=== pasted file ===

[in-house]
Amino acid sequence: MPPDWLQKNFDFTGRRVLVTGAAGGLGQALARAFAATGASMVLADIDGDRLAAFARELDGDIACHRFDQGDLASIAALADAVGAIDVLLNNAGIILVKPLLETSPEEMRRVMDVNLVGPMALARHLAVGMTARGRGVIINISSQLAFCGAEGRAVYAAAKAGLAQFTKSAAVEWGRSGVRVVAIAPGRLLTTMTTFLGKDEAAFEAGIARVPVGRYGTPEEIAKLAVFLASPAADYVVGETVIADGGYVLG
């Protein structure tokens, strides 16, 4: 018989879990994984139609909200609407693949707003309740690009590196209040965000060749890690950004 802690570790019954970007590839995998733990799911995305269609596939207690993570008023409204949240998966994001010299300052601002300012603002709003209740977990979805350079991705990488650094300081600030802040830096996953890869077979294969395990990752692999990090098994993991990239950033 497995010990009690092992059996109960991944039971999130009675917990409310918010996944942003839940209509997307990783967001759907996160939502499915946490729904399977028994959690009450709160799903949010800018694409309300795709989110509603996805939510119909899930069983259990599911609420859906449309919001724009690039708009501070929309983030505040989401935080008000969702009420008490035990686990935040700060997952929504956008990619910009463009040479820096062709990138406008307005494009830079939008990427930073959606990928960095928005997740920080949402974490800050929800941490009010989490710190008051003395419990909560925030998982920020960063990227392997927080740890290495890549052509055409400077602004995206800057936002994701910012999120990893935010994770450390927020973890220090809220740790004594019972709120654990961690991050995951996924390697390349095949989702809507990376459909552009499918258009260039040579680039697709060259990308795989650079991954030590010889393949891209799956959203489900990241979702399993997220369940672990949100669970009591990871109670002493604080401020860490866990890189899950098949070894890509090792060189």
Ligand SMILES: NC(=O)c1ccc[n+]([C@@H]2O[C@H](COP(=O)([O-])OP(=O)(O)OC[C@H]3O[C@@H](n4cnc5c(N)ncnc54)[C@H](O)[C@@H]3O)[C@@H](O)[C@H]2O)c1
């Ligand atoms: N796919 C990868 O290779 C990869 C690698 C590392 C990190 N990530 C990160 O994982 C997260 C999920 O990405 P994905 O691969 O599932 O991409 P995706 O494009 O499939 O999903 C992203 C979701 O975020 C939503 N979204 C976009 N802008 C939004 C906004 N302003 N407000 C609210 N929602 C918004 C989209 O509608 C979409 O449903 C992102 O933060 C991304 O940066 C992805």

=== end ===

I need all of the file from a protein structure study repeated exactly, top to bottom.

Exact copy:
[in-house]
Amino acid sequence: MPPDWLQKNFDFTGRRVLVTGAAGGLGQALARAFAATGASMVLADIDGDRLAAFARELDGDIACHRFDQGDLASIAALADAVGAIDVLLNNAGIILVKPLLETSPEEMRRVMDVNLVGPMALARHLAVGMTARGRGVIINISSQLAFCGAEGRAVYAAAKAGLAQFTKSAAVEWGRSGVRVVAIAPGRLLTTMTTFLGKDEAAFEAGIARVPVGRYGTPEEIAKLAVFLASPAADYVVGETVIADGGYVLG
């Protein structure tokens, strides 16, 4: 018989879990994984139609909200609407693949707003309740690009590196209040965000060749890690950004 802690570790019954970007590839995998733990799911995305269609596939207690993570008023409204949240998966994001010299300052601002300012603002709003209740977990979805350079991705990488650094300081600030802040830096996953890869077979294969395990990752692999990090098994993991990239950033 497995010990009690092992059996109960991944039971999130009675917990409310918010996944942003839940209509997307990783967001759907996160939502499915946490729904399977028994959690009450709160799903949010800018694409309300795709989110509603996805939510119909899930069983259990599911609420859906449309919001724009690039708009501070929309983030505040989401935080008000969702009420008490035990686990935040700060997952929504956008990619910009463009040479820096062709990138406008307005494009830079939008990427930073959606990928960095928005997740920080949402974490800050929800941490009010989490710190008051003395419990909560925030998982920020960063990227392997927080740890290495890549052509055409400077602004995206800057936002994701910012999120990893935010994770450390927020973890220090809220740790004594019972709120654990961690991050995951996924390697390349095949989702809507990376459909552009499918258009260039040579680039697709060259990308795989650079991954030590010889393949891209799956959203489900990241979702399993997220369940672990949100669970009591990871109670002493604080401020860490866990890189899950098949070894890509090792060189």
Ligand SMILES: NC(=O)c1ccc[n+]([C@@H]2O[C@H](COP(=O)([O-])OP(=O)(O)OC[C@H]3O[C@@H](n4cnc5c(N)ncnc54)[C@H](O)[C@@H]3O)[C@@H](O)[C@H]2O)c1
């Ligand atoms: N796919 C990868 O290779 C990869 C690698 C590392 C990190 N990530 C990160 O994982 C997260 C999920 O990405 P994905 O691969 O599932 O991409 P995706 O494009 O499939 O999903 C992203 C979701 O975020 C939503 N979204 C976009 N802008 C939004 C906004 N302003 N407000 C609210 N929602 C918004 C989209 O509608 C979409 O449903 C992102 O933060 C991304 O940066 C992805």